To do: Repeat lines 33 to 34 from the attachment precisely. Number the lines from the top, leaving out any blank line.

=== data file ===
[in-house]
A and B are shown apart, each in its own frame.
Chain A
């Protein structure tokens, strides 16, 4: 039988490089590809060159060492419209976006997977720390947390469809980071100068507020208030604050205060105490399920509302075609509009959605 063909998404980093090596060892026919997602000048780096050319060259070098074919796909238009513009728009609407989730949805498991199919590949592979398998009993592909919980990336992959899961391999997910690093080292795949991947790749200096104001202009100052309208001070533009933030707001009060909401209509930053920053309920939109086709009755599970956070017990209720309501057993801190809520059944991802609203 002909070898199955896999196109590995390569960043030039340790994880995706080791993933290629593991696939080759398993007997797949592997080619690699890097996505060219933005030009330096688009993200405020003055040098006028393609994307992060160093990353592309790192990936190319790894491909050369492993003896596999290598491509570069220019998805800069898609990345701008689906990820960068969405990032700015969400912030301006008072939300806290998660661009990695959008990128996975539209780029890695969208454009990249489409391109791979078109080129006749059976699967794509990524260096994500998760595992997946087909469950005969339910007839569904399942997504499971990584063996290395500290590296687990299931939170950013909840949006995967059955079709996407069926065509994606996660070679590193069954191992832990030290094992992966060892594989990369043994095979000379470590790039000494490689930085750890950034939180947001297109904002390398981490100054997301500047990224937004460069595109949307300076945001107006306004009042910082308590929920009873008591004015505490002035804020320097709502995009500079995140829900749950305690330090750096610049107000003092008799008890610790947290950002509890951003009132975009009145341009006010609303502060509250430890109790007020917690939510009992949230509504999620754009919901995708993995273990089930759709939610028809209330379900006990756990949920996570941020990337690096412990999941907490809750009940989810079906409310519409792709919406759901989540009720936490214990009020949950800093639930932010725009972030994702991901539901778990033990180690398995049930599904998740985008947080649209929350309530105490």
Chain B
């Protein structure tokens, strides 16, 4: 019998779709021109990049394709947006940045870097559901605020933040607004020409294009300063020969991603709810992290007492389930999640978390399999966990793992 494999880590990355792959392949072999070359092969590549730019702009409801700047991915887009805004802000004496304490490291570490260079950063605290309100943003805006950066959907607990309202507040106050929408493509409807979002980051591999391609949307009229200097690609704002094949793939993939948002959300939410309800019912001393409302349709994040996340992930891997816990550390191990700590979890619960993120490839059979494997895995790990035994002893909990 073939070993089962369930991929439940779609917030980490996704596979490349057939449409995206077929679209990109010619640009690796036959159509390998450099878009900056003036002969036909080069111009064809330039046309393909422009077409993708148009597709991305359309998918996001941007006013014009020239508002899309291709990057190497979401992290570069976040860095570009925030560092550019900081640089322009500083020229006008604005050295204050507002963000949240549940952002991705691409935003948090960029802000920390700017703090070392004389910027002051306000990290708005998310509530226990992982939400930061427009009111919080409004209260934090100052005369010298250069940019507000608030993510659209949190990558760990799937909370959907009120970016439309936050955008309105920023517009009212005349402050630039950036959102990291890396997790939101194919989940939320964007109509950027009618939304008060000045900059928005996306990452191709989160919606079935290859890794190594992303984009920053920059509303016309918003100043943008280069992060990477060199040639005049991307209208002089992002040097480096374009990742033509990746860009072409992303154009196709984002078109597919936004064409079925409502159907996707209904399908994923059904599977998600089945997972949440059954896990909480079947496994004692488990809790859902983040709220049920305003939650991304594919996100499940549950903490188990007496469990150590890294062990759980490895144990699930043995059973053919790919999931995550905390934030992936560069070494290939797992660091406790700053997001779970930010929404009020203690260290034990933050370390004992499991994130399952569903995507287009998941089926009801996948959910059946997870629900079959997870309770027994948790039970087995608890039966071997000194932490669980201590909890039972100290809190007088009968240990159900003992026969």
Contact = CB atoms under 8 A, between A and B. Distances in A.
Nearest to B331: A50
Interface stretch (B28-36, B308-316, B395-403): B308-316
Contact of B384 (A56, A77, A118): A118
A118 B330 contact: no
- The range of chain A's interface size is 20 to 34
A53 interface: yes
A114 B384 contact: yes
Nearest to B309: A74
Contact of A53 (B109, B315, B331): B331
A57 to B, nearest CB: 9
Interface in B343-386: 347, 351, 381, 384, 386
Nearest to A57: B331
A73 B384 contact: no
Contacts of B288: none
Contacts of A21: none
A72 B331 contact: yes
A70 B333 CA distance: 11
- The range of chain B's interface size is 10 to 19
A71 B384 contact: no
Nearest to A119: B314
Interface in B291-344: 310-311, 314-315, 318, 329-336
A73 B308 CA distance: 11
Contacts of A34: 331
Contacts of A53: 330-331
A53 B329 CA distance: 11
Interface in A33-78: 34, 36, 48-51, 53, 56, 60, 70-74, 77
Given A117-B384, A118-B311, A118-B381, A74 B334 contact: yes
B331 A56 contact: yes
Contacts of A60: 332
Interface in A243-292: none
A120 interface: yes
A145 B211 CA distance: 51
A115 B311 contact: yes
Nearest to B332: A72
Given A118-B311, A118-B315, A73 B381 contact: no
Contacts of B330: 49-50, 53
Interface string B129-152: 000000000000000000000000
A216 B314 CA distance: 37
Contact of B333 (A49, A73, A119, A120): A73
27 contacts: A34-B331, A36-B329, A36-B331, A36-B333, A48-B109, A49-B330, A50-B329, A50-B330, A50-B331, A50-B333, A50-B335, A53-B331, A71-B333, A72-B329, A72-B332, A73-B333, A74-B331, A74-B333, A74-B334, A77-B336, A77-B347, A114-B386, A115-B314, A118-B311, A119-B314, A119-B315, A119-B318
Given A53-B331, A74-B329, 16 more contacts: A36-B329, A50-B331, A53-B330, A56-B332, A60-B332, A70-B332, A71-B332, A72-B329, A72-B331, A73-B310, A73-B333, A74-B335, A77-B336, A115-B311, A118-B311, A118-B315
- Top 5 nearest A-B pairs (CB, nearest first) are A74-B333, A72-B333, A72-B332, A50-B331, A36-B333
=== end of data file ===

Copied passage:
Interface in A33-78: 34, 36, 48-51, 53, 56, 60, 70-74, 77
Given A117-B384, A118-B311, A118-B381, A74 B334 contact: yes